“It is with a heavy heart, because we know the cost risk and the work involved for everyone, that we have instructed our legal team to seek an urgent appeal,” Willow added. “We just cannot risk this judgment taking us back decades to a time of paternalism and worse, when children had no separate status and rights to be considered.”

Meanwhile Katharine Sacks-Jones, the chief executive at Become, the national charity for children in care and young care leavers, said she was “very disappointed” with the judgment.

“[The changes] are not in the best interests of children in care and young people and should never have been brought in in the first place,” she said. “While we recognise these are extraordinary times, introducing these measures without properly consulting children’s rights groups and young people themselves is not the right way to approach things.”

Sacks-Jones urged the government to use its planned care review, promised in December, as an opportunity to address the system’s state of crisis, “and to ensure care-experienced young people’s voices and experiences are at the heart of this”.

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4 Responses to Charity loses legal bid to quash relaxation of children in care duties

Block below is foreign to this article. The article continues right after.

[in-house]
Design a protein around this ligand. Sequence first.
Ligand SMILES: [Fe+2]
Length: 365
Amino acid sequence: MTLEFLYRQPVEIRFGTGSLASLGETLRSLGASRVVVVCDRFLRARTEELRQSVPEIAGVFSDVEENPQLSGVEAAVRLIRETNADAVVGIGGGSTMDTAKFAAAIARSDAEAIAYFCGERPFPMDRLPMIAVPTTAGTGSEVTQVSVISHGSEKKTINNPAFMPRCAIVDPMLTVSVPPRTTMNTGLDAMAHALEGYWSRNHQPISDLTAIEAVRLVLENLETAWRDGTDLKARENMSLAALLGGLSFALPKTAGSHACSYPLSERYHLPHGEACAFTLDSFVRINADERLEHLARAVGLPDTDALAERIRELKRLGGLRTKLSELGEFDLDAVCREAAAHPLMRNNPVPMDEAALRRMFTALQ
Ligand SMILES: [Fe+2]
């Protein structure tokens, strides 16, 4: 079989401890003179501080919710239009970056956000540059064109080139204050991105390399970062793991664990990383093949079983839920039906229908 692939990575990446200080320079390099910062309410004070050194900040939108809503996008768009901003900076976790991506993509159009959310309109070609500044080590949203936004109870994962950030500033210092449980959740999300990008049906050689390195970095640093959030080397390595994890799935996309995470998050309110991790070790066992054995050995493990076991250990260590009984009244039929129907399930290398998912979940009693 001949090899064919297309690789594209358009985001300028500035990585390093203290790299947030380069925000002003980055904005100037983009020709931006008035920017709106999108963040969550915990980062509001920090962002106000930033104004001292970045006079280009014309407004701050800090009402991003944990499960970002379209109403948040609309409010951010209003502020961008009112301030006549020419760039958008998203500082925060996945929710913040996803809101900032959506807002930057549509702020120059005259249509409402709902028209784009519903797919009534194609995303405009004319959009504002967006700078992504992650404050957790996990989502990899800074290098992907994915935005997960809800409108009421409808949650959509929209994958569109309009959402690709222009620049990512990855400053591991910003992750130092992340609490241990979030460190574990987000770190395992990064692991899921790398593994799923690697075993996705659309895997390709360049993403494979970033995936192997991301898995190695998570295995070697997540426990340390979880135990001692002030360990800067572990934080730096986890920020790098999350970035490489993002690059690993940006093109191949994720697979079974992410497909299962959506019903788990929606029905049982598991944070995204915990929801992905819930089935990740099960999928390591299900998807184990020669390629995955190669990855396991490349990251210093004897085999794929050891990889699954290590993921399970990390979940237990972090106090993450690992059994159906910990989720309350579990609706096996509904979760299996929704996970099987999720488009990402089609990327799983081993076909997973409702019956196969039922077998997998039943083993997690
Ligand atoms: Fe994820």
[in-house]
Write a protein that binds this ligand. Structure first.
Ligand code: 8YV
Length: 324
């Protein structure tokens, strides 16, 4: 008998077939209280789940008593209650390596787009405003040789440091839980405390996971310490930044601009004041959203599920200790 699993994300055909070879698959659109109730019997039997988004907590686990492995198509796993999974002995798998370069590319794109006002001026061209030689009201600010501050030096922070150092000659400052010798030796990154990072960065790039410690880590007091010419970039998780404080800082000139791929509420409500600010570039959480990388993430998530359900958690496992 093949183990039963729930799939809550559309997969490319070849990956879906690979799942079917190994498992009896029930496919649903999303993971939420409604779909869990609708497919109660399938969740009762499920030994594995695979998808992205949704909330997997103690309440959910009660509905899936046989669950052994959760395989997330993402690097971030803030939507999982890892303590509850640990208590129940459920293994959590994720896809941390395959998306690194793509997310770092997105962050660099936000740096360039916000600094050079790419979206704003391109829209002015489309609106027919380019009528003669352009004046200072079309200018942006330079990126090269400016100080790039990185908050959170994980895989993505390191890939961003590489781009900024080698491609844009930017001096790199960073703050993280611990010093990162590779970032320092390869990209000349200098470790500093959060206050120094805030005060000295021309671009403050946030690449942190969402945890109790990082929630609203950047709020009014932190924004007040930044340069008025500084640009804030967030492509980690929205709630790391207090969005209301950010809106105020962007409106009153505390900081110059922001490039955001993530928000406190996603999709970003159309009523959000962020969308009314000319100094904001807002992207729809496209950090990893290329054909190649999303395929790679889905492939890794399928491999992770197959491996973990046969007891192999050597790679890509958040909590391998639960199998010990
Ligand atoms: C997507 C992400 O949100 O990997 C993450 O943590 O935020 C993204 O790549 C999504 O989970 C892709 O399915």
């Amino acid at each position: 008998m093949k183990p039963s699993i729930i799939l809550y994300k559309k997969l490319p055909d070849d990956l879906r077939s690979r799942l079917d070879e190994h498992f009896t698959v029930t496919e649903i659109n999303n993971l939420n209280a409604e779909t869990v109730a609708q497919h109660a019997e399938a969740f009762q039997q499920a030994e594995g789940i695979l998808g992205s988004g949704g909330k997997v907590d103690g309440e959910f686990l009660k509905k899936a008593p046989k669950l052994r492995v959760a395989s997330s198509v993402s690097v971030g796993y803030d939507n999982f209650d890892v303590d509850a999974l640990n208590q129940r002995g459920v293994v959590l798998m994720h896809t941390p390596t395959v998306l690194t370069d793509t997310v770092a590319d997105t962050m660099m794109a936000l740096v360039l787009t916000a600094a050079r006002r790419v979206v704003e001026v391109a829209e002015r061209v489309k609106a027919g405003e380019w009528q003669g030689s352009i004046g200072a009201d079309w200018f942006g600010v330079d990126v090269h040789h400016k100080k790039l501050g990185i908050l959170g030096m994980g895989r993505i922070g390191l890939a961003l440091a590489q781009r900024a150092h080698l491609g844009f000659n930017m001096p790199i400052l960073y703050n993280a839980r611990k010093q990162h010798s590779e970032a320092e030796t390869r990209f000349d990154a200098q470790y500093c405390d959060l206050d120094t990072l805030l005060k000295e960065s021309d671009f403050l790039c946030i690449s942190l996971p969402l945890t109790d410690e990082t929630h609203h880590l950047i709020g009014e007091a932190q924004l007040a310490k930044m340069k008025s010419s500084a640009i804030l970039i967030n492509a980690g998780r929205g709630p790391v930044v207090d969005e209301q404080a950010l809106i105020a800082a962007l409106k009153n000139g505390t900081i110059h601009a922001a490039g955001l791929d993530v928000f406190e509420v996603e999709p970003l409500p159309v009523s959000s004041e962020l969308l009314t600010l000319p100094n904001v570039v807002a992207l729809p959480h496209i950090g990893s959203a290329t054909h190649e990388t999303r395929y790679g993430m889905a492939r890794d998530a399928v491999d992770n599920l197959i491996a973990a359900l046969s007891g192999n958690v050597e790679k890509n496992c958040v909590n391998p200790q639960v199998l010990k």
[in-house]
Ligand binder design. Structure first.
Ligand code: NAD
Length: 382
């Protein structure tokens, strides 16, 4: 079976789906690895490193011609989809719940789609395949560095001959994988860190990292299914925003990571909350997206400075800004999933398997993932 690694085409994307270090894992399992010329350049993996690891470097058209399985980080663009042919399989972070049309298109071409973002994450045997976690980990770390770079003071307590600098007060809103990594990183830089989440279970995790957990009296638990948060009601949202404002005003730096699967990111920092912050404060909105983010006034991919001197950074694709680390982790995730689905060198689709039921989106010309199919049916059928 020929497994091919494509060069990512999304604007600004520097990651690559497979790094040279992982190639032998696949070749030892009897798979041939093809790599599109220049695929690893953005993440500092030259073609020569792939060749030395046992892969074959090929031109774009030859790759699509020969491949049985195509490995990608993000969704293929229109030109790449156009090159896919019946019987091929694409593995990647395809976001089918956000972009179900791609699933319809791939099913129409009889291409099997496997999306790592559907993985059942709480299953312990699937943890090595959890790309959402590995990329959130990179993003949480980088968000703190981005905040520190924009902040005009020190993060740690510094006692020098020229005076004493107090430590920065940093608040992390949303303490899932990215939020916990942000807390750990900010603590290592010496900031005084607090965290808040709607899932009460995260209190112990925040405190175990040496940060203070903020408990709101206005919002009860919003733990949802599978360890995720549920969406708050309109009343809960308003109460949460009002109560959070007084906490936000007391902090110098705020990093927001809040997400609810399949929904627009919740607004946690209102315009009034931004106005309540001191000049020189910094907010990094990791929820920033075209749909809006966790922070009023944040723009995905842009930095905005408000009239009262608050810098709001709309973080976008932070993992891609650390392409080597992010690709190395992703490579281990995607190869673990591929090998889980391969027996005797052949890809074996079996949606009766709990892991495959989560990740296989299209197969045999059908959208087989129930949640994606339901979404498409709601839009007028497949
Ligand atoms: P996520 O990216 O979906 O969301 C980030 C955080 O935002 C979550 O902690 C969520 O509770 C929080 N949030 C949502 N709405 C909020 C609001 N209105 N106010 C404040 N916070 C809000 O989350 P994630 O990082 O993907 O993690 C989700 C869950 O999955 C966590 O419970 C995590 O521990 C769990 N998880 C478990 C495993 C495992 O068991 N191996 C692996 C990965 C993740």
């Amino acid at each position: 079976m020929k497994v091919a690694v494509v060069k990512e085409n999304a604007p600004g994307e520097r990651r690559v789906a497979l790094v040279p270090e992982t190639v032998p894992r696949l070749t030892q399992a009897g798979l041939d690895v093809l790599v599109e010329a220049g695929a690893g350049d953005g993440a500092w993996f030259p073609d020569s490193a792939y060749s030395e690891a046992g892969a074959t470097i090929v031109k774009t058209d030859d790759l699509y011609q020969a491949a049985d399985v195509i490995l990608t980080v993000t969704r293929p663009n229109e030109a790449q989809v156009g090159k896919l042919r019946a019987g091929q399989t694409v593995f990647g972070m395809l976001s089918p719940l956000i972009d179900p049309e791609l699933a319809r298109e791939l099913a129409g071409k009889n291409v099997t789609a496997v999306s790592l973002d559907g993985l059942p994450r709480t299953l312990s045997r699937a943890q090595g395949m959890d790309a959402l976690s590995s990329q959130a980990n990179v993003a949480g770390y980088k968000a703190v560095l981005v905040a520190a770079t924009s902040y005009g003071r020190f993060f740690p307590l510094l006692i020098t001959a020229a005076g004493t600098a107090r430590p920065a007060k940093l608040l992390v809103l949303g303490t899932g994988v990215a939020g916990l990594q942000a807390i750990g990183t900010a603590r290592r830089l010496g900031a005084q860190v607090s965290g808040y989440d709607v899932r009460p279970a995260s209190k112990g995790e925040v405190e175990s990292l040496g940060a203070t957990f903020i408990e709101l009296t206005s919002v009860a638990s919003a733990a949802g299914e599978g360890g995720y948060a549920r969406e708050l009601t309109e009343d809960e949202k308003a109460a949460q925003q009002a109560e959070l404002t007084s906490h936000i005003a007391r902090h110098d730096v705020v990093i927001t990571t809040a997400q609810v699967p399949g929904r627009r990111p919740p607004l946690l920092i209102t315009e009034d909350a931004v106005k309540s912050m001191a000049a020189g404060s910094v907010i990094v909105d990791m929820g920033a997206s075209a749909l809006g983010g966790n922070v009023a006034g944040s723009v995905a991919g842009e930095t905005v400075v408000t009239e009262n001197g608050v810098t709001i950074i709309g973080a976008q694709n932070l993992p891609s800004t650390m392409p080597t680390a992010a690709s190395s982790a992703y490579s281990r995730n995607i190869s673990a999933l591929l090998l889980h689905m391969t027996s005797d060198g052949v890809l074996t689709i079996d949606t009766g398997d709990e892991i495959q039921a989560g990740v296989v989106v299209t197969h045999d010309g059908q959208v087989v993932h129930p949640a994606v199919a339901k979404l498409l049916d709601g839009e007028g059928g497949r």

1. Ray Jones August 7, 2020 at 2:19 pm #

    This judgement is not only disappointing but convoluted. The DfE, as evidenced by the chief social worker, were discussing and shaping the abandonment of rights and safeguards for children for some considerable time but the judicial view rather strangely concluded that this was all a necessary urgent action which prevented consultation with the Children’s Commissioner and organisations which enable children and young people to have a voice. However, we now know that the DfE chose to consult with some but not others. By its secret activities it has compromised as apparently being advocates for the watering down of safeguards for children those private companies and others with whom it selectively made contact. We now know that the chief social worker was central to this activity and its secretiveness. It adds to the view that the chief social worker is heavily embedded and immersed as a conduit for government. It is a government which has undermined the welfare and safety of children and is decimating public services. The role being played by the chief social worker was never as intended or anticipated when the social work profession and the Social Work Task Force proposed and canvassed for one chief social worker to span government departments and to represent and champion social work. What an awful disappointment.